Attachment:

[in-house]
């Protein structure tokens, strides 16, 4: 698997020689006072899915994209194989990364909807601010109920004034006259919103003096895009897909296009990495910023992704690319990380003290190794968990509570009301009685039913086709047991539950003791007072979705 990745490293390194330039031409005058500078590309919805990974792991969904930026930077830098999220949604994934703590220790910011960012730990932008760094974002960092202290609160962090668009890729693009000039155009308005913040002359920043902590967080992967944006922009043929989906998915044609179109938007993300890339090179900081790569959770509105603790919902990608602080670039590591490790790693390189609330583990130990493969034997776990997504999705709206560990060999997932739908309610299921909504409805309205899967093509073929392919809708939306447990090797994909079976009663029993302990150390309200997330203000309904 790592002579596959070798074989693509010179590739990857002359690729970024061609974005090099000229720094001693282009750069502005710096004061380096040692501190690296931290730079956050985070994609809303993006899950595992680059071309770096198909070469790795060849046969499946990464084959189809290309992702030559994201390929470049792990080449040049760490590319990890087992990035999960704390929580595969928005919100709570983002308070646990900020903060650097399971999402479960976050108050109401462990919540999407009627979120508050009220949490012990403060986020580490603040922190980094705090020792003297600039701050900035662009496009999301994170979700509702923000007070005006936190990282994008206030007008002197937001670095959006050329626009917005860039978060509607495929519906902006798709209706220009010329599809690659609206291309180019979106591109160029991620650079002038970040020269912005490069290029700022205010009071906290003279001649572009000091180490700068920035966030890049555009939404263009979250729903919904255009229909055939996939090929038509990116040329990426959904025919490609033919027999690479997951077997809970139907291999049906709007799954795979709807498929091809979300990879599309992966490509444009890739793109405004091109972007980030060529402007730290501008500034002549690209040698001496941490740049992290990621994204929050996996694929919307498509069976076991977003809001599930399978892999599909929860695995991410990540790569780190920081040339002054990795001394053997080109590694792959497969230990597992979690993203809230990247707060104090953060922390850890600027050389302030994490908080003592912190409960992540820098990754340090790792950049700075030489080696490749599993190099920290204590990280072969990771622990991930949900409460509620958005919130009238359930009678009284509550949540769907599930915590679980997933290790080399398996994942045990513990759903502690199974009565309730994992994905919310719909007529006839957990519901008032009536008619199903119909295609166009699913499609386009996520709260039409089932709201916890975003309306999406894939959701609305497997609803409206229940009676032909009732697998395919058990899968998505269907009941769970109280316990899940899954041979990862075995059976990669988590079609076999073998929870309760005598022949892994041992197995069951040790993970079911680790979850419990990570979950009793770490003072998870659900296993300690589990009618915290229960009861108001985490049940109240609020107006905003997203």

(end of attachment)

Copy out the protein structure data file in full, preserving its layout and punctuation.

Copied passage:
[in-house]
């Protein structure tokens, strides 16, 4: 698997020689006072899915994209194989990364909807601010109920004034006259919103003096895009897909296009990495910023992704690319990380003290190794968990509570009301009685039913086709047991539950003791007072979705 990745490293390194330039031409005058500078590309919805990974792991969904930026930077830098999220949604994934703590220790910011960012730990932008760094974002960092202290609160962090668009890729693009000039155009308005913040002359920043902590967080992967944006922009043929989906998915044609179109938007993300890339090179900081790569959770509105603790919902990608602080670039590591490790790693390189609330583990130990493969034997776990997504999705709206560990060999997932739908309610299921909504409805309205899967093509073929392919809708939306447990090797994909079976009663029993302990150390309200997330203000309904 790592002579596959070798074989693509010179590739990857002359690729970024061609974005090099000229720094001693282009750069502005710096004061380096040692501190690296931290730079956050985070994609809303993006899950595992680059071309770096198909070469790795060849046969499946990464084959189809290309992702030559994201390929470049792990080449040049760490590319990890087992990035999960704390929580595969928005919100709570983002308070646990900020903060650097399971999402479960976050108050109401462990919540999407009627979120508050009220949490012990403060986020580490603040922190980094705090020792003297600039701050900035662009496009999301994170979700509702923000007070005006936190990282994008206030007008002197937001670095959006050329626009917005860039978060509607495929519906902006798709209706220009010329599809690659609206291309180019979106591109160029991620650079002038970040020269912005490069290029700022205010009071906290003279001649572009000091180490700068920035966030890049555009939404263009979250729903919904255009229909055939996939090929038509990116040329990426959904025919490609033919027999690479997951077997809970139907291999049906709007799954795979709807498929091809979300990879599309992966490509444009890739793109405004091109972007980030060529402007730290501008500034002549690209040698001496941490740049992290990621994204929050996996694929919307498509069976076991977003809001599930399978892999599909929860695995991410990540790569780190920081040339002054990795001394053997080109590694792959497969230990597992979690993203809230990247707060104090953060922390850890600027050389302030994490908080003592912190409960992540820098990754340090790792950049700075030489080696490749599993190099920290204590990280072969990771622990991930949900409460509620958005919130009238359930009678009284509550949540769907599930915590679980997933290790080399398996994942045990513990759903502690199974009565309730994992994905919310719909007529006839957990519901008032009536008619199903119909295609166009699913499609386009996520709260039409089932709201916890975003309306999406894939959701609305497997609803409206229940009676032909009732697998395919058990899968998505269907009941769970109280316990899940899954041979990862075995059976990669988590079609076999073998929870309760005598022949892994041992197995069951040790993970079911680790979850419990990570979950009793770490003072998870659900296993300690589990009618915290229960009861108001985490049940109240609020107006905003997203």